6 5 Resources for tracking real-time conditions and general information Please note that XL group does not control, support, endorse or determine accuracy of materials that are posted on any non-xl site. National Hurricane Center: Federal Emergency Management Agency: NASA Earth Observatory: Hurricane Maps Enterprises: National Weather Service Terms: National Weather Service Climate Prediction Center:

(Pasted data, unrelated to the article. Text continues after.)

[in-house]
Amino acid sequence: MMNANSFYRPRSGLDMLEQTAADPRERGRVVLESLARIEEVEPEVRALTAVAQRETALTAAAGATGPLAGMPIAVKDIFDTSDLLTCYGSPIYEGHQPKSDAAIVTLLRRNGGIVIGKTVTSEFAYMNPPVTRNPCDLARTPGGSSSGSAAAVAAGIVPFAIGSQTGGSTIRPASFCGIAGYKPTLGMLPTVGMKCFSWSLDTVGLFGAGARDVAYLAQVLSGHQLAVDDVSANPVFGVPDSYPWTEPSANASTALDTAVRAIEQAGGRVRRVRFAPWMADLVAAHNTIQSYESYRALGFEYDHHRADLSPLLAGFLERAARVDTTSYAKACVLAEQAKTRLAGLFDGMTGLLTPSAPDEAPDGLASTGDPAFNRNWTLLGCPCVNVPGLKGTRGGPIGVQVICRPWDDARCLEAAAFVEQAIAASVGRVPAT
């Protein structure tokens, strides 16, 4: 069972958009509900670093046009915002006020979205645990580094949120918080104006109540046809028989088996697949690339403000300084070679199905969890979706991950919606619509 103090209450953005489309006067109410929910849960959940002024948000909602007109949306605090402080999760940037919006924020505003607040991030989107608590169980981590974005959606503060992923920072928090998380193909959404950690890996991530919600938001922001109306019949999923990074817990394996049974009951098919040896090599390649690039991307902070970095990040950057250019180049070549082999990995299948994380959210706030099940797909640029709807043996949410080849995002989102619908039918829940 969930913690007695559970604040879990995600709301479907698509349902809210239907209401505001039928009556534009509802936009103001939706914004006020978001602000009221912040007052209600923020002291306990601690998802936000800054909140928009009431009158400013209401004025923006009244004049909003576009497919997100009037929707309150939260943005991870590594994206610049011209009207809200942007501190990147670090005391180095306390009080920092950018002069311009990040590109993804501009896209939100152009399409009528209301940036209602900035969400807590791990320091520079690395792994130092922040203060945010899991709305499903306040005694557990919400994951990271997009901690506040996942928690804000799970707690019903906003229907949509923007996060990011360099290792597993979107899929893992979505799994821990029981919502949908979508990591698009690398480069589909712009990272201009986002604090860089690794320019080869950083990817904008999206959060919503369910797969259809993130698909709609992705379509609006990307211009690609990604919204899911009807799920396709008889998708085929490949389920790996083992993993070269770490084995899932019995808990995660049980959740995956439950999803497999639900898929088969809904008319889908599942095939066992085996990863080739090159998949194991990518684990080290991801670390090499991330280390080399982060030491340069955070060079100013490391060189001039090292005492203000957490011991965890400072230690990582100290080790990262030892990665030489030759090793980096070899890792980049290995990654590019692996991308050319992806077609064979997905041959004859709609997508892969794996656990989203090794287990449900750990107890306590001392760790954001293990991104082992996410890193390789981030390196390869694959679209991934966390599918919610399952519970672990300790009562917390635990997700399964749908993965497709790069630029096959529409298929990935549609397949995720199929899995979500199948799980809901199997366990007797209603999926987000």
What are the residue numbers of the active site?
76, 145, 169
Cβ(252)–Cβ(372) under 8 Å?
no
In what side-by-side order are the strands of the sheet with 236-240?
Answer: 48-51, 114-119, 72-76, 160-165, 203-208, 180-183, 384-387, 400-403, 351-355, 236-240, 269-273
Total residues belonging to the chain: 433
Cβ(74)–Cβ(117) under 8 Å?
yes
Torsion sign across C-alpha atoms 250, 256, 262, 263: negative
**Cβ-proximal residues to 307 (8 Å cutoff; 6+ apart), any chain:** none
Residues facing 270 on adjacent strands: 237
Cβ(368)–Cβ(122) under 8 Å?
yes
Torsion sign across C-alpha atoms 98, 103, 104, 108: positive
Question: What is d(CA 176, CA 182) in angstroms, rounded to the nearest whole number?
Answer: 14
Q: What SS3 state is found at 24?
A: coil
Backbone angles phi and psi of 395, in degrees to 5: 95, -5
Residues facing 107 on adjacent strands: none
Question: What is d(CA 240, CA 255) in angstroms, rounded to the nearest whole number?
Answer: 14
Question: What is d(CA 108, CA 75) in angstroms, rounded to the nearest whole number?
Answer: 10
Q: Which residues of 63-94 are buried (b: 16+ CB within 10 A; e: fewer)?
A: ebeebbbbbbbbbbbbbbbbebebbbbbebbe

7 6 Key National Weather Service Terms Cyclone: An atmospheric closed circulation rotating counterclockwise in the Northern Hemisphere and clockwise in the Southern Hemisphere. Flood: Minor Flood Moderate Flood Major Flood Record Flood Flood Watch Flood Warning Flash Flood Watch Flash Flood Warning Minimal or no property damage, but possibly some public threat. Some inundation of structures and roads near stream. Some evacuations of people and/or transfer of property to higher elevations. Extensive inundation of structures and roads. Significant evacuations of people and/or transfer of property to higher elevations. Flooding which equals or exceeds the highest stage or discharge at a given site during the period of record keeping. Identifies areas where there is a risk of flooding, but flooding is not certain. Flooding along larger streams in which there is a serious threat to life or property. A flood warning will usually contain river stage (level) forecasts. Rapid developing flooding is possible or is close to the watch area Rapid developing flooding is in progress, imminent, or highly likely. Gale Warning: A warning of 1-minute sustained surface winds in the range 34 kt. (39 mph or 63 km/hr) to 47 kt. (54 mph or 87 km/ hr) inclusive, either predicted or occurring and not directly associated with tropical cyclones. High Wind Warning: A high wind warning is defined as 1-minute average surface winds of 35 kt. (40 mph or 64 km/hr) or greater lasting for 1 hour or longer, or winds gusting to 50 kt. (58 mph or 93 km/ hr) or greater regardless of duration that are either expected or observed over land. Hurricane / Typhoon: A tropical cyclone in which the maximum sustained surface wind (using the US 1-minute average) is 64 kt. (74 mph or 119 km/hr) or more. The term hurricane is used for Northern Hemisphere tropical cyclones east of the International Dateline to the Greenwich Meridian. The term typhoon is used for Pacific tropical cyclones north of the Equator west of the International Dateline. Hurricane Warning: A warning with sustained winds 64 kt. (74 mph or 119 km/ hr) or higher associated with a hurricane are expected in a specified coastal area in 24 hours or less. A hurricane warning can remain in effect when dangerously high water or a combination of dangerously high water and exceptionally high waves continue, even though winds may be less than hurricane force. Hurricane Watch: An announcement for specific coastal areas that hurricane conditions are possible within 36 hours. Knot: Unit of speed used in navigation, equal to 1 nautical mile (the length of 1 minute latitude) per hour or about 1.15 statute miles per hour, or 0.5 meters/sec). Abbreviationis kt